The 16 AI tools are: (1) 𝔸𝕀 SNO-PseAAC) [46]; (2) 𝔸𝕀 (iSNO-AAPair) [47]; (3) 𝔸𝕀 (iMethyl-AAC) [49]; (4) 𝕀 (iHyd-seAAC) [50]; (5) 𝔸𝕀 (iNitro-Tyr) [51]; (6) 𝔸𝕀 (iUbiq-Lys) [54]; (7) 𝔸𝕀 (iSuc-PseOpt) [56]; (8) 𝔸𝕀 (pSuc-Lys) [57]; (9) 𝔸𝕀 Car-PseCp) [58]; (10) 𝔸𝕀 (pSumo-CD) [59]; (11) 𝔸𝕀 (iHyd-PseCp) [62]; (12) 𝔸𝕀 (iPTM-mLys) [63]; (13) 𝔸𝕀 (iPhos-PseEn) [64]; (14) 𝔸𝕀 (iPGK-PseAAC) [68]; (15) 𝔸𝕀 (iPhos-PseEvo) [71]; (16) 𝔸𝕀 (iPreny-PseAAC) [72]. Their functions and web-server links are each given in Table 1.

Seven AI Tools for Identifying PTM or PTCM Sites in RNA Sequences


The 7 AI tools are: (1) 𝔸𝕀 (iRNA-PseU) [55]; (2) 𝔸𝕀 (pRNAm-PC) [61]; (3) 𝔸𝕀 (iRNA-PseColl) [66]; (4) 𝔸𝕀 (iRNA-methyl) [69]; (5) 𝔸𝕀 (iRNAm5C-PseDNC) [70]; (6) 𝔸𝕀 (iRNA(m6A)-PseDNC) [75]; (7) 𝔸𝕀 (iRNA-3typeA) [76]. Their functions and web-server links are each given in Table 2.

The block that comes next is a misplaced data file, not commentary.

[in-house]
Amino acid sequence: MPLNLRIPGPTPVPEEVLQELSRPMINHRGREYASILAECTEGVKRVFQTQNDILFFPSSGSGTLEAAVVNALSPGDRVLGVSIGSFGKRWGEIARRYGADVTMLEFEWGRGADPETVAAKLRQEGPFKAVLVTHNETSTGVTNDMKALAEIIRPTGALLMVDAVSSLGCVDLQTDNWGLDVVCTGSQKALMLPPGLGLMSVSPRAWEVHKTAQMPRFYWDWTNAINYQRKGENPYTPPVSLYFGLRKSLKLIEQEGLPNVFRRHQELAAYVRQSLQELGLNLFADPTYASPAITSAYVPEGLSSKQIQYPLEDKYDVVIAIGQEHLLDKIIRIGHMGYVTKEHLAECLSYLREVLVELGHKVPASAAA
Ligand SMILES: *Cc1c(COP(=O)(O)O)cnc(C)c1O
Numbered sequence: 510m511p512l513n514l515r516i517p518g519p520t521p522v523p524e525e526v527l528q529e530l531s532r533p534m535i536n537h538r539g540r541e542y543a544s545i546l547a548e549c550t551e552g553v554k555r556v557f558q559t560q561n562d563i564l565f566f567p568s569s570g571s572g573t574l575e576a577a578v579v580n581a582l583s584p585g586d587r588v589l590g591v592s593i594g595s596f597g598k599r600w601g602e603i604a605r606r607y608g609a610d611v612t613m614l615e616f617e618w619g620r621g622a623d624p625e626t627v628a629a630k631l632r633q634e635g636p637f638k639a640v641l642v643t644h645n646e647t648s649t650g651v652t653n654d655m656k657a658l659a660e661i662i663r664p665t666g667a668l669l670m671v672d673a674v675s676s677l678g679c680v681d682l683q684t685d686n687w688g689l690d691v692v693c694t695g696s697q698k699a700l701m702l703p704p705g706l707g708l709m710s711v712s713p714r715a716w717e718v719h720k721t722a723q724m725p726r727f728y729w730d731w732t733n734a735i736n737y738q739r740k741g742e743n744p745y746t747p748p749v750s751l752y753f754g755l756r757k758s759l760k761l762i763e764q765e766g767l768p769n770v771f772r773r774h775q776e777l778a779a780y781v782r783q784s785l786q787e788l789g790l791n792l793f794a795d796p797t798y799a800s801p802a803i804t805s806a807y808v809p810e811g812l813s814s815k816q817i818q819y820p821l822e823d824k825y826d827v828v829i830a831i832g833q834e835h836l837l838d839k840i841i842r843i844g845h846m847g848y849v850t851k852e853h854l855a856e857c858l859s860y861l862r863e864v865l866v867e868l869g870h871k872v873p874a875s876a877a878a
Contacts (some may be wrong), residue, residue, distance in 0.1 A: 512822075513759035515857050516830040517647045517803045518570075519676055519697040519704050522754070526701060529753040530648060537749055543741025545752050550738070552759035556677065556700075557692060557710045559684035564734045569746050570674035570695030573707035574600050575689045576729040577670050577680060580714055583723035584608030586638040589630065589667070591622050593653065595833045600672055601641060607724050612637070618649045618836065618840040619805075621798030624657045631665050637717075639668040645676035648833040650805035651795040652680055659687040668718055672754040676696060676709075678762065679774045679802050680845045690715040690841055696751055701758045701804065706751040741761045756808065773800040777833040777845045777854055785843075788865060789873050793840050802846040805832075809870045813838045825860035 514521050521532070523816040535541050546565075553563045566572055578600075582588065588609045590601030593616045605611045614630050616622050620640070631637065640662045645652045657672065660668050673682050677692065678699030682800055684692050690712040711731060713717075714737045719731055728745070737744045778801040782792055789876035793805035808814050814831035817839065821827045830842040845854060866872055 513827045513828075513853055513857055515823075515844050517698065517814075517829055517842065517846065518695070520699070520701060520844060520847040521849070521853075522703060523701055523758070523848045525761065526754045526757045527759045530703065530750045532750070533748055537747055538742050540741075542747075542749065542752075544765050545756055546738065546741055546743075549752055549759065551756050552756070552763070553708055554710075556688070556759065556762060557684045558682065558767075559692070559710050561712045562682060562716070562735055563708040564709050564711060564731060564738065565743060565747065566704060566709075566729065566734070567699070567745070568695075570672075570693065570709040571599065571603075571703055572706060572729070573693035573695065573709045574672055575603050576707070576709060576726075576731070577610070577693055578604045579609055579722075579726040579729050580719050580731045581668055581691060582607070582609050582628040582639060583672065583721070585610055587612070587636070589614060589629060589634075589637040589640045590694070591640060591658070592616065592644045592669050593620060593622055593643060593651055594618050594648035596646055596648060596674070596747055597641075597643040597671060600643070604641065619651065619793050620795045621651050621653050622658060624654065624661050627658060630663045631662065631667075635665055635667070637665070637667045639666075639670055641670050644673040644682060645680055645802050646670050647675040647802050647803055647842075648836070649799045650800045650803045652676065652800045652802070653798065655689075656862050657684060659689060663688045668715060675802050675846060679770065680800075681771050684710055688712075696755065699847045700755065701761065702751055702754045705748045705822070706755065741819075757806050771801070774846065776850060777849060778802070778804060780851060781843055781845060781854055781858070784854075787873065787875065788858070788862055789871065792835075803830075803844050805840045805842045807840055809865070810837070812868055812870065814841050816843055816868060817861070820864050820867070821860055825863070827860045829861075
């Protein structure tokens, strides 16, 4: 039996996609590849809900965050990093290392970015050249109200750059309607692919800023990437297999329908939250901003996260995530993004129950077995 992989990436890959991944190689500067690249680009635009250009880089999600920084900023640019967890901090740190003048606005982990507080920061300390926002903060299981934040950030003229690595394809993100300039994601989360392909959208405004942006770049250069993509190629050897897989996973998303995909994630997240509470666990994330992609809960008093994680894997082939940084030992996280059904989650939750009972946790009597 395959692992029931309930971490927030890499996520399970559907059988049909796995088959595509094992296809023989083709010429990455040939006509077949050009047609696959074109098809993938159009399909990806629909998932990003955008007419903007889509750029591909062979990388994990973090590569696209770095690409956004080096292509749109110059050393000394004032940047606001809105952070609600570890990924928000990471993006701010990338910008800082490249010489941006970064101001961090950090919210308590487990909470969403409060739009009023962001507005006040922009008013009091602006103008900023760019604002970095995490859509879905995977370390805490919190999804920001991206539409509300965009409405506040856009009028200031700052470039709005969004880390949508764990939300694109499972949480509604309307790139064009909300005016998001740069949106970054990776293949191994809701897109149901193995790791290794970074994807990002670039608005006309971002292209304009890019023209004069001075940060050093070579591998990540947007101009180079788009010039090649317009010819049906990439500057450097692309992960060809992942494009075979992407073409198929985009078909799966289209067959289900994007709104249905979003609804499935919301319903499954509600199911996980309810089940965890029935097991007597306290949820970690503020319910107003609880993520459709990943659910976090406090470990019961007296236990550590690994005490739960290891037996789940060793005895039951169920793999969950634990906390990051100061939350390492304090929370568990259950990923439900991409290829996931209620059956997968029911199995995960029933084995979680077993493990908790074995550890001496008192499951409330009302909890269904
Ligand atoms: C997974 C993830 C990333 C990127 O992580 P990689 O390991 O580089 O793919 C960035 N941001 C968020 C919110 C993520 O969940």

One AI Tool for Identifying PTM or PTRM Sites in DNA Sequences


𝔸𝕀 (iDNA-Methyl) is the AI tool for identifying the PTM sites in DNA sequences [259]. Its function and web-server link are given in Table 3.

Discussions


For measuring the success rates of the AI tools, a set of four metrics [260] are usually used in literature. They are: (1) Overall accuracy or Acc, (2) Mathew's correlation coefficient or MCC, (3) Sensitivity or Sn, and (4) Specificity or Sp, as given below

S n = TP TP + FN S p = TN TN + FP Acc = TP + TN TP + TN + FP + FN MCC = (TP×TN) - (FP×FN) (TP+FP) (TP+FN) (TN+FP) (TN+FN) (2)